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DC Federal Sex Crimes Trials

Before ever stepping foot inside a courtroom it is important that any accused or investigated for a sexual offense be aware of their legal rights and refrain from speaking to law enforcement before hiring an attorney. These charges are extremely serious, and as such warrant the attention of a DC federal sex crimes lawyer as soon as possible. An experienced attorney can help prepare the defendant for what they should expect and ensure that a strong defense is built based on the facts and evidence of the case.

Opening Statements

An opening statement in a DC federal sex crimes trial is a chance for the prosecutor and defense attorney to discuss the evidence that is going to be presented to the jury. From the defense perspective, it is a chance to present the theory of the defense to the jury, provide an outline of the case, and provide a perspective on the evidence.

Presenting Evidence

In a federal sex crime trial in the United States, the government goes first and presents their evidence in its case-in-chief. The government’s case-in-chief can present witnesses and introduce electronic evidence such as pictures, audio recordings, or screenshots from the Internet. It can be difficult when a prosecutor would possible present evidence of child pornography or evidence of online chat between a person and an undercover officer because the chat can be explicit, so presenting a case in a trial can sometimes be nuanced and no one wants to stand alone in their trial.

Once the government presents each witness on what is called direct examination, the defense has an opportunity to perform a cross-examination. For example, if the government presents an FBI agent as a witness, the defense attorney has a chance to ask questions of that witness designed to show that the FBI did not do a thorough investigation or the evidence presented does not show what the prosecution alleges.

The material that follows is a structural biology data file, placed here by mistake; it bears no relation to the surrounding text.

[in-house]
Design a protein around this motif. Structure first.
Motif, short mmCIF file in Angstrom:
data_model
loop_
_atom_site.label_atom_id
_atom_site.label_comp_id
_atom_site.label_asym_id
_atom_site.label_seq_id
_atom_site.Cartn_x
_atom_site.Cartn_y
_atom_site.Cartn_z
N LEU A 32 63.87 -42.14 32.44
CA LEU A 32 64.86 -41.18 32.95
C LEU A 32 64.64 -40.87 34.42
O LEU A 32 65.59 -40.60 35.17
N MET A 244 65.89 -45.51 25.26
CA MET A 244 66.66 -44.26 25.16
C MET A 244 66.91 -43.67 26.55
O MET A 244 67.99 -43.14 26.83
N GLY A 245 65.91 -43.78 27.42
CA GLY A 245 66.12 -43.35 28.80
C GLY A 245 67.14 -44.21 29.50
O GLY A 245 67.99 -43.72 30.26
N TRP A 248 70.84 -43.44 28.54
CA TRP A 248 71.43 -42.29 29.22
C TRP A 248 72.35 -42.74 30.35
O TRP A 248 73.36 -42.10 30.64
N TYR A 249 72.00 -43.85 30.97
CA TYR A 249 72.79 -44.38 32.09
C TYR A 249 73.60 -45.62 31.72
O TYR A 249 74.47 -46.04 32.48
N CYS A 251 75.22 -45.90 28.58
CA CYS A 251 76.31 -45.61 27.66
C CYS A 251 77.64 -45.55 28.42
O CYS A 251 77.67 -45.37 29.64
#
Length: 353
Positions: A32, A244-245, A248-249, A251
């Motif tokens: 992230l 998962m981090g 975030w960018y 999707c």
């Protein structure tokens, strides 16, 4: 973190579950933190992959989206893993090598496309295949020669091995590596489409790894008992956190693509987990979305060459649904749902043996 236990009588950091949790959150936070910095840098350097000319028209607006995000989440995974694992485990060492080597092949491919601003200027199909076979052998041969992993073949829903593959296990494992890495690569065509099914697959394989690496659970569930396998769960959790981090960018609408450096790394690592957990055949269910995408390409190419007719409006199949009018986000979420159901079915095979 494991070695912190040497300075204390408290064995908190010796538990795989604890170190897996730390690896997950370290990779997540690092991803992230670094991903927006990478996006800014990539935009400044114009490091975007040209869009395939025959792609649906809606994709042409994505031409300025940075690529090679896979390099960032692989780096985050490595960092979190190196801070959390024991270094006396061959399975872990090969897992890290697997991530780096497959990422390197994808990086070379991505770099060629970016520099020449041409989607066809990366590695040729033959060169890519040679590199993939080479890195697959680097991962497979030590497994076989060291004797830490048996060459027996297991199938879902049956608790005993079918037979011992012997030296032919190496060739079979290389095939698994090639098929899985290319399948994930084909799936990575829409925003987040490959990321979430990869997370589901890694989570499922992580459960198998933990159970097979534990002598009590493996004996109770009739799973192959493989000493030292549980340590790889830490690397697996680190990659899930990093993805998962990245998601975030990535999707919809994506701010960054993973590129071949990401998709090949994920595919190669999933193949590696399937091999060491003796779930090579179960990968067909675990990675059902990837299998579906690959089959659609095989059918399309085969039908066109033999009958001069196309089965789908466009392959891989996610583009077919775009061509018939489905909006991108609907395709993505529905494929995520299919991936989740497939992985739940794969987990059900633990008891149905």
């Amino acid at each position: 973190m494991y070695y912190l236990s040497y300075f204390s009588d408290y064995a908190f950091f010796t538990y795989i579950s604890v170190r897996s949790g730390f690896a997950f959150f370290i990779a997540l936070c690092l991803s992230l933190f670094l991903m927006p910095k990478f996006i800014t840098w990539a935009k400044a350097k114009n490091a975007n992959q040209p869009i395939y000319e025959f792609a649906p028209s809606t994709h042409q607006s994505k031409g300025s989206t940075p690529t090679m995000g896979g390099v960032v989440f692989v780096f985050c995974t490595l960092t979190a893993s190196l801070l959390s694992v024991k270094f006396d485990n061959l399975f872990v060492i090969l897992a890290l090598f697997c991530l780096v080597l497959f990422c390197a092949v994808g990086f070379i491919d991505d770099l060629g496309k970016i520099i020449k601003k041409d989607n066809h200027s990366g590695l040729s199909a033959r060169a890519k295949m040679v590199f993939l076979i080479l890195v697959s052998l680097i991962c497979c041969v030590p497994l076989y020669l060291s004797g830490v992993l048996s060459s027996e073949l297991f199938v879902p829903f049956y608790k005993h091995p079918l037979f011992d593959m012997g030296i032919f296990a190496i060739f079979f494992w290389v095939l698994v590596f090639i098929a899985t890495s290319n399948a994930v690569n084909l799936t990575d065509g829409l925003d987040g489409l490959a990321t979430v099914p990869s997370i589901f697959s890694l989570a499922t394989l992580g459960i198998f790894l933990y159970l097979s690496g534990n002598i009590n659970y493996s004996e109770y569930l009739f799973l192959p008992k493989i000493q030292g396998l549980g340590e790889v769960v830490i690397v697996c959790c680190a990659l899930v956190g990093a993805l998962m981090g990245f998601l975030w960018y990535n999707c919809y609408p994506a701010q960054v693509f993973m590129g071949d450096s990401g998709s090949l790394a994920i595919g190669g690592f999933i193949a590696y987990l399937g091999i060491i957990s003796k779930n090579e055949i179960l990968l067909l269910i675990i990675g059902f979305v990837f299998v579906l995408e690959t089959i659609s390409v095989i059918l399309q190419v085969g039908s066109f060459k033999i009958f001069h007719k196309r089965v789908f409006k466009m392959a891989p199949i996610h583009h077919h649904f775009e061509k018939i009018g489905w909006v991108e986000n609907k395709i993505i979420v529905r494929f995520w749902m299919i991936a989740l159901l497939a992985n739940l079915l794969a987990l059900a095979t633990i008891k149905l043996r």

In a federal sex case trial in DC, the defense might choose to call an expert to testify about the processes of online platforms or for anything specific related to the case. There might be a forensic expert who can discuss electronic devices or computers seized as evidence or analyzed during the course of the government’s investigation. If the government chooses to call an expert, the defense can call an expert to refute that expert’s testimony.

Defense Motivation

The defense may have several goals in their case. A goal of the defense might be to show that the government’s evidence is not particularly strong. It might be to show that the government’s evidence does not prove the elements of the crime the defendant is charged with.

Another goal of the defense might be to affirmatively show that the person accused either was not at the location they are accused of being at or did not actually engage in the activity in which they are accused of engaging.

Closing Statements

Closing statements occur at the end of the case after all of the evidence is presented by both sides. This is a chance for the prosecutor and the defense attorney to present arguments about the evidence the jury heard. In the opening statement, an argument is not permitted. However, in the closing statement, arguments can be made about what the evidence shows. Arguments can include inferences that can be reasonably drawn from the evidence.

Usually, the judge previously instructed the jury on what the law is and what they are going to decide, the elements of the DC federal sex crimes case. If for some reason the judge has not done that, the judge does that after the closing statements.

Reaching a Verdict

After hearing the instructions from the judge about the law and the elements of each charge, the jury deliberates in the jury room. They choose someone to act as their foreperson to guide the deliberation process for the jurors. The jurors analyze, discuss, and argue about the evidence. They may choose to ask questions or write notes to the judge with questions about the evidence or procedures in the trial that may or may not be answered. At some point, the jury comes to a verdict or they indicate that they cannot because they are deadlocked in some way.

Role of Reasonable Doubt

If one juror has a reasonable doubt in a DC sex crimes trial, or something that gives that juror a reason to pause or hesitate in making an important decision in their life, that constitutes a reasonable doubt and that juror must vote not guilty. Each juror can have a different reasonable doubt. Jurors do not need to have the same doubt to find a reasonable doubt and vote not guilty in a case.